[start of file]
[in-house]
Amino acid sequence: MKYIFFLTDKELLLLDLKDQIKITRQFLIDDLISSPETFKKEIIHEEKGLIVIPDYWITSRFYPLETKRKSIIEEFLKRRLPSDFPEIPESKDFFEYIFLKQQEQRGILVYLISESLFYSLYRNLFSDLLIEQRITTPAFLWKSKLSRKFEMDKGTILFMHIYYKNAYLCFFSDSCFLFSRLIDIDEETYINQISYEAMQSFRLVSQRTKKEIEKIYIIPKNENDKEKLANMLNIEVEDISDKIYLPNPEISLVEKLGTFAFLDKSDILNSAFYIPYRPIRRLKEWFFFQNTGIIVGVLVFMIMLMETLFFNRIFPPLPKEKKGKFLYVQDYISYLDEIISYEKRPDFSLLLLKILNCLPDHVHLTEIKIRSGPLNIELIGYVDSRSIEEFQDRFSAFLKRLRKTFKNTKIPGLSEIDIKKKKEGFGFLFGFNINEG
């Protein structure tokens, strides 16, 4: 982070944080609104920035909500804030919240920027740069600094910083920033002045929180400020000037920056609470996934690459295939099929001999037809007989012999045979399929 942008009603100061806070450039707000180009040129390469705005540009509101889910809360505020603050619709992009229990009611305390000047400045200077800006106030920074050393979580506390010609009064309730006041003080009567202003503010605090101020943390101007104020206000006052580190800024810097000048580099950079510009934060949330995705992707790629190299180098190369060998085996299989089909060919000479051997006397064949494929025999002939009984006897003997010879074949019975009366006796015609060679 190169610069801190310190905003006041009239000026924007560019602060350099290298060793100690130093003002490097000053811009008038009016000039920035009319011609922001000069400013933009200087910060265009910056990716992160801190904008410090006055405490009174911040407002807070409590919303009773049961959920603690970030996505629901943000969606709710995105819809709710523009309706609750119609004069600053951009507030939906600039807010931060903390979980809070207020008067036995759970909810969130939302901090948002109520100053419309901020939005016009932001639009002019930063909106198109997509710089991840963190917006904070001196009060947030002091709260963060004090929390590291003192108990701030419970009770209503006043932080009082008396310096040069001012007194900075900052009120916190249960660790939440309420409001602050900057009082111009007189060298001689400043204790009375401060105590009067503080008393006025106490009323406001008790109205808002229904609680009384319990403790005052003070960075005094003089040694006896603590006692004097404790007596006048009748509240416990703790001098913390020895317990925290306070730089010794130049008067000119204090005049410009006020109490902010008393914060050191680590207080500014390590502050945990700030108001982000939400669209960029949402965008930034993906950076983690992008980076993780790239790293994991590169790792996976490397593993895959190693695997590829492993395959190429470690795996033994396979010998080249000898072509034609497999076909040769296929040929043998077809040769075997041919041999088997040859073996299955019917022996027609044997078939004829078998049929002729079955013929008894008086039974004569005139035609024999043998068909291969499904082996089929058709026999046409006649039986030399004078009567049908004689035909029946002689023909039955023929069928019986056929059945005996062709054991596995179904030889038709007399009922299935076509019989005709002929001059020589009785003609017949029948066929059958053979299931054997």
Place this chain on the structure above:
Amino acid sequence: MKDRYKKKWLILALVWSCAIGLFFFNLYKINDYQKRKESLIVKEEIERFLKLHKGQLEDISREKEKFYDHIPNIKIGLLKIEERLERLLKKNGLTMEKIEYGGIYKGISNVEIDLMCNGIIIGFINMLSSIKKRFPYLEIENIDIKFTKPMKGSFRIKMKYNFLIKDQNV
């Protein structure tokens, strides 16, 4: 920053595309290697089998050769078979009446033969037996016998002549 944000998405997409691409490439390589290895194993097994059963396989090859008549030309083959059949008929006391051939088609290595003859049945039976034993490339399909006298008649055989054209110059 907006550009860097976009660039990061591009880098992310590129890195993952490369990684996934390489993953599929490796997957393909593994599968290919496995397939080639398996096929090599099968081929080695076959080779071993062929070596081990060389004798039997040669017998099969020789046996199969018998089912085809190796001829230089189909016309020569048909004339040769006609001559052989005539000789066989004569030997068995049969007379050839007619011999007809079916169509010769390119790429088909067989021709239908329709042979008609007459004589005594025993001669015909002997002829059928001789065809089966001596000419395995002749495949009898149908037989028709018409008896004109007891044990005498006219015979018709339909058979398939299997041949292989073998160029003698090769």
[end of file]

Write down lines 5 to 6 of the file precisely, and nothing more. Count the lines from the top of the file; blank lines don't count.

Amino acid sequence: MKDRYKKKWLILALVWSCAIGLFFFNLYKINDYQKRKESLIVKEEIERFLKLHKGQLEDISREKEKFYDHIPNIKIGLLKIEERLERLLKKNGLTMEKIEYGGIYKGISNVEIDLMCNGIIIGFINMLSSIKKRFPYLEIENIDIKFTKPMKGSFRIKMKYNFLIKDQNV
């Protein structure tokens, strides 16, 4: 920053595309290697089998050769078979009446033969037996016998002549 944000998405997409691409490439390589290895194993097994059963396989090859008549030309083959059949008929006391051939088609290595003859049945039976034993490339399909006298008649055989054209110059 907006550009860097976009660039990061591009880098992310590129890195993952490369990684996934390489993953599929490796997957393909593994599968290919496995397939080639398996096929090599099968081929080695076959080779071993062929070596081990060389004798039997040669017998099969020789046996199969018998089912085809190796001829230089189909016309020569048909004339040769006609001559052989005539000789066989004569030997068995049969007379050839007619011999007809079916169509010769390119790429088909067989021709239908329709042979008609007459004589005594025993001669015909002997002829059928001789065809089966001596000419395995002749495949009898149908037989028709018409008896004109007891044990005498006219015979018709339909058979398939299997041949292989073998160029003698090769």